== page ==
The Union Territory was formed in 1956 and it was named Lakshadweep in 1973.
Lakshadweep Permit - The entry to Lakshadweep islands is restricted. One requires an entry permit issued by Lakshadweep Administration to visit these islands.
Foreigners are restricted to the islands of Agatti, Bangaram and Kadmat, plus transit only (maximum of 12 hours) in Kavaratti. Indians may visit the other islands as well, but accommodation is very limited
How to get around on Lakshadweep island
Boat and helicopter transfers are available from Agatti to Bangaram and Kadmat. The helicopter (USD 150 return) may be the only option in monsoon season from May to September.
By boats/ferries: These can be used for getting around from one island to the other but are very costly.
Once on an island, there aren't too many options as the islands themselves are very small: most of them are less than 10 km in length and less than a kilometer in breadth between their extremes. You can travel by foot or hire a bicycle.
Where to stay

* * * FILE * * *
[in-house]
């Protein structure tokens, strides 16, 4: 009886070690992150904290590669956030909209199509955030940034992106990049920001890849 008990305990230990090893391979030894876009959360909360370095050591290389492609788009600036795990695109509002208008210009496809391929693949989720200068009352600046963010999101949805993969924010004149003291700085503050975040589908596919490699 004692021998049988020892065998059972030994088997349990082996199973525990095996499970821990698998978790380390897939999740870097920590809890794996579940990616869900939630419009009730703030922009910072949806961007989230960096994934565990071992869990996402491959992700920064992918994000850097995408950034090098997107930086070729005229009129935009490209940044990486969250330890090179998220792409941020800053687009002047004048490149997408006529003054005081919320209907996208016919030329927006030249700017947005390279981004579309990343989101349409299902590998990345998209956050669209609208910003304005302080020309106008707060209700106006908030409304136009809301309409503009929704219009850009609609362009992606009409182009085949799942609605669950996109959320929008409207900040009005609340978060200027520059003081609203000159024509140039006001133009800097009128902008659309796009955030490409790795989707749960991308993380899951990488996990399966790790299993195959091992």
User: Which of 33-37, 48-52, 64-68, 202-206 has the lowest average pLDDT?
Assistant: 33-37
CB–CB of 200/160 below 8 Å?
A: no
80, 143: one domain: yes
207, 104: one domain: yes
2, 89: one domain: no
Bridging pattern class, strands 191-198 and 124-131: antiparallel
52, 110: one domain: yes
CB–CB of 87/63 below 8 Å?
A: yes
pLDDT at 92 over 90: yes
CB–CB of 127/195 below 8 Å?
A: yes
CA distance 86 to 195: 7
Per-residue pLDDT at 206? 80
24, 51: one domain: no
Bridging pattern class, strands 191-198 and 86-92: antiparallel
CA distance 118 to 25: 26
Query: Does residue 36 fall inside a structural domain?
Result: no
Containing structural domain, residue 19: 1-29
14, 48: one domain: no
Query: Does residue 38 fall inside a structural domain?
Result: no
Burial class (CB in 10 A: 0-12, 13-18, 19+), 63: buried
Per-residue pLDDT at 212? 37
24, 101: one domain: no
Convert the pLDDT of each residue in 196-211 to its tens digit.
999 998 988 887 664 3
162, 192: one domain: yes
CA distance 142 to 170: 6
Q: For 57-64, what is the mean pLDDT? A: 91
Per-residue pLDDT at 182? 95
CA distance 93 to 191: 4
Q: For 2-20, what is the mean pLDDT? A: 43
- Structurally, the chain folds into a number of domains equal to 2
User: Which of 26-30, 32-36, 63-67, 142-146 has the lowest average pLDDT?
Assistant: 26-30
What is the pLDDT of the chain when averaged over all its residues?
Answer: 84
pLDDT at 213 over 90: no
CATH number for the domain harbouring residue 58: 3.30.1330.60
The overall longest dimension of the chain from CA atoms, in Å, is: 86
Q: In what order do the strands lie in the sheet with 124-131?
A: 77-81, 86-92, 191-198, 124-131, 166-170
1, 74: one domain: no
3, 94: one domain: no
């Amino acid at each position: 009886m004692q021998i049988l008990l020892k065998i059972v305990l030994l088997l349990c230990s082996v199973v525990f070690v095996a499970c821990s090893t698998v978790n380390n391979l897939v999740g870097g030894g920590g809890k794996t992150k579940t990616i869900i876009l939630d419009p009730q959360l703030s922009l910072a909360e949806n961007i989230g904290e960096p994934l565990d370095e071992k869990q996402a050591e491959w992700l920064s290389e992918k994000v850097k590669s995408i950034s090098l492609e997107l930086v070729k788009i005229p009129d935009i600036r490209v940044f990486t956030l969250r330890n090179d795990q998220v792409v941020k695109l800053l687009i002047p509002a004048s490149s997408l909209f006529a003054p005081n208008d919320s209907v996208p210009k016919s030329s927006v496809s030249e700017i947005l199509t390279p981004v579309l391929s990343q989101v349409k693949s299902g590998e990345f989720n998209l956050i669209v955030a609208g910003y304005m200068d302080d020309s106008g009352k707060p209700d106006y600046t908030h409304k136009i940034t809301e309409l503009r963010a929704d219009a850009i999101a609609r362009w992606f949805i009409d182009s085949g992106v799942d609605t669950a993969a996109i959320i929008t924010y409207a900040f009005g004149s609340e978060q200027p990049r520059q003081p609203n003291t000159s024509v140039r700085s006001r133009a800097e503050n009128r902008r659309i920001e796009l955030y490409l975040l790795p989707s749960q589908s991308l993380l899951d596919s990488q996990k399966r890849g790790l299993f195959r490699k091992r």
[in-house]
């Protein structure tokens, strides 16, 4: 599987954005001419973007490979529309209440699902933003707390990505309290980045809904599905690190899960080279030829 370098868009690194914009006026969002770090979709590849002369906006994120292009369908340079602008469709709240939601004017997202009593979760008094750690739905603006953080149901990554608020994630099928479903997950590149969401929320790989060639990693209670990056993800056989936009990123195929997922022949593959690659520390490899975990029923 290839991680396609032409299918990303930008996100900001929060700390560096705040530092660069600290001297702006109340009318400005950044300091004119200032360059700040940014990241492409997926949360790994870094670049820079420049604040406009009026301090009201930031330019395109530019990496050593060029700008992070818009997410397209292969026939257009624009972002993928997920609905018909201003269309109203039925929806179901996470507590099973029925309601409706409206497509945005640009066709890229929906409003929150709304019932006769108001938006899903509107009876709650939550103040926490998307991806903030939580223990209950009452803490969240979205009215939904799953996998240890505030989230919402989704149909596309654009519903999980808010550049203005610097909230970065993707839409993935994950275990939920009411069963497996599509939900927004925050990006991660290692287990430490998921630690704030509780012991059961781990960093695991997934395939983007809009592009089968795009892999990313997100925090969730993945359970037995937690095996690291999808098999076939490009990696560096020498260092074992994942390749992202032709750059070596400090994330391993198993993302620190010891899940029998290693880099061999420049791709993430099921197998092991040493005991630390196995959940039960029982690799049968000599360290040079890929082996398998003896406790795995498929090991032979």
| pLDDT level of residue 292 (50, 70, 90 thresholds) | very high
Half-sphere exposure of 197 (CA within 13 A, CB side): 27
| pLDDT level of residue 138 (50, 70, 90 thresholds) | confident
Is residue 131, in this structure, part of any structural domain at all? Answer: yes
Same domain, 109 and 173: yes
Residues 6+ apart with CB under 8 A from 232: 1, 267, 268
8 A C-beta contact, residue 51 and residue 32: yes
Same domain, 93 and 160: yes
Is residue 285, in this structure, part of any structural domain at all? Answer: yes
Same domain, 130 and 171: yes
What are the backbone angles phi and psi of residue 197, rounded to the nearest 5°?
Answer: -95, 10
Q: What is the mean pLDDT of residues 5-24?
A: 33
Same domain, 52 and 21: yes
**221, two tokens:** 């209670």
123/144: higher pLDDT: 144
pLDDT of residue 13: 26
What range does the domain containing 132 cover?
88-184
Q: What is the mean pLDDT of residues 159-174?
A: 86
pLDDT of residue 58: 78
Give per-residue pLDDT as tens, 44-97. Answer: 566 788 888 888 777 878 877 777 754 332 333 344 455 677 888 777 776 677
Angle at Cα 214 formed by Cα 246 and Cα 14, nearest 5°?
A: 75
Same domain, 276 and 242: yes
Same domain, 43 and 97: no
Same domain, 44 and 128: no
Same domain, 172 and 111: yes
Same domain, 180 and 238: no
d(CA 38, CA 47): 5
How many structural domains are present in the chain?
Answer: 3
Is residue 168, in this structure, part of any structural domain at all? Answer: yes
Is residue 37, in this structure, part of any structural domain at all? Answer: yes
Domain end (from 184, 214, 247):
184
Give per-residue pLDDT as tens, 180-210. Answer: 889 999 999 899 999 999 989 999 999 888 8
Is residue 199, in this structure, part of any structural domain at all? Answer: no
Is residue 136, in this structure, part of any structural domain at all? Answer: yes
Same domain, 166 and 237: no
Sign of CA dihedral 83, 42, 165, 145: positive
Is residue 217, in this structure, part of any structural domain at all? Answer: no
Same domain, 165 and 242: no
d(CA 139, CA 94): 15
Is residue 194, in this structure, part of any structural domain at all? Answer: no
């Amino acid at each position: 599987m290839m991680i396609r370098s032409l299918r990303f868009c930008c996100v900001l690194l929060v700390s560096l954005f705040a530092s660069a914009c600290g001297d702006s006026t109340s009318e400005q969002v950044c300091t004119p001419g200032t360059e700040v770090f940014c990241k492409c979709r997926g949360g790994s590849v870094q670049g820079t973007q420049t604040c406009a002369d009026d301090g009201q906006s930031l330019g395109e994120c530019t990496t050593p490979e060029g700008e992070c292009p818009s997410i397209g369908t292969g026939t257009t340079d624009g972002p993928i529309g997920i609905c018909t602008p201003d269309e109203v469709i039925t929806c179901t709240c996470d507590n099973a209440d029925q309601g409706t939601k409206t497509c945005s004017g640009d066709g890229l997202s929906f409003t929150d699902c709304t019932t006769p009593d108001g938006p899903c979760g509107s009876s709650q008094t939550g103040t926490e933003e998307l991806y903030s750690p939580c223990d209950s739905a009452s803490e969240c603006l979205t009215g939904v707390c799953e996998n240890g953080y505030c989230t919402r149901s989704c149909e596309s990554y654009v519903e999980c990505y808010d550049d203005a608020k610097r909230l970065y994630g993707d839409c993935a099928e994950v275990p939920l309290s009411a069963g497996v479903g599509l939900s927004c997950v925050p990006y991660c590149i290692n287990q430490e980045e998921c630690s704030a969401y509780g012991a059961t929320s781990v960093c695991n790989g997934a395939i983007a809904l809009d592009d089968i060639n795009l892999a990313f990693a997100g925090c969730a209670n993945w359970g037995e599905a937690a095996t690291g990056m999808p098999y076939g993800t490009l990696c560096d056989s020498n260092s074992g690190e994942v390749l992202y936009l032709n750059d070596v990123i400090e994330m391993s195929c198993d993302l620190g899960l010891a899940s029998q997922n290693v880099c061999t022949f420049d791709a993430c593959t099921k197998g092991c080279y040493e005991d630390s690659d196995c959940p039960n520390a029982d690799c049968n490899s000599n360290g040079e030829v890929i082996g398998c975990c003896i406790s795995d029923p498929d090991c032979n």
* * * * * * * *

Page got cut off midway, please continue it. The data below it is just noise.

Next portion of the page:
There are three full-service resorts in Lakshadweep (though one of them, the Bangaram Island Resort, is currently not operating), which are also the only places where foreigners can stay. All prices listed below are for double rooms and include all meals.
In addition, basic government resorts open to Indian citizens only are available at Minicoy, Kavaratti and Kalpeni. Some packages offered by sports include accommodation on board the ship, with only day visits to the islands.
How to reach Lakshadweep
Lakshadweep Island can be reached by ships and flights operated from Kochi. For all tourist purposes Kochi is the gate way to Lakshadweep. Agatti and Bangaram islands can be reached by flight from Kochi. Indian Airlines operate flights from Kochi. Onward flights from Kochi are available to most of the airports in India and abroad. Airstrip is there in Agatti island only. From Agatti boats are available to Kavaratti and Kadmat during fair season October to May. Helicopter transfer is available from Agatti to Bangaram Island Resort during monsoon and to Kavaratti throughout the year. The flight from Cochin to Agatti takes approximately one hour and thirty minutes.
Six passenger ships - MV Kavaratti, MV Arabian Sea, MV Lakshadweep Sea, MV Amindivi and MV Minicoy operate between Cochin and Lakshadweep. The passage takes 14 to 18 hours depending on island chosen for journey. The ships offer different classes of accommodation: A/C First Class with two berth cabins, A/C Second Class with four berth cabins and push back/Bunk Class with A/C seating. A doctor is available on call on board. MV Amindivi and MV Minicoy also offer comfortable A/C seating ideal for a night’s journey.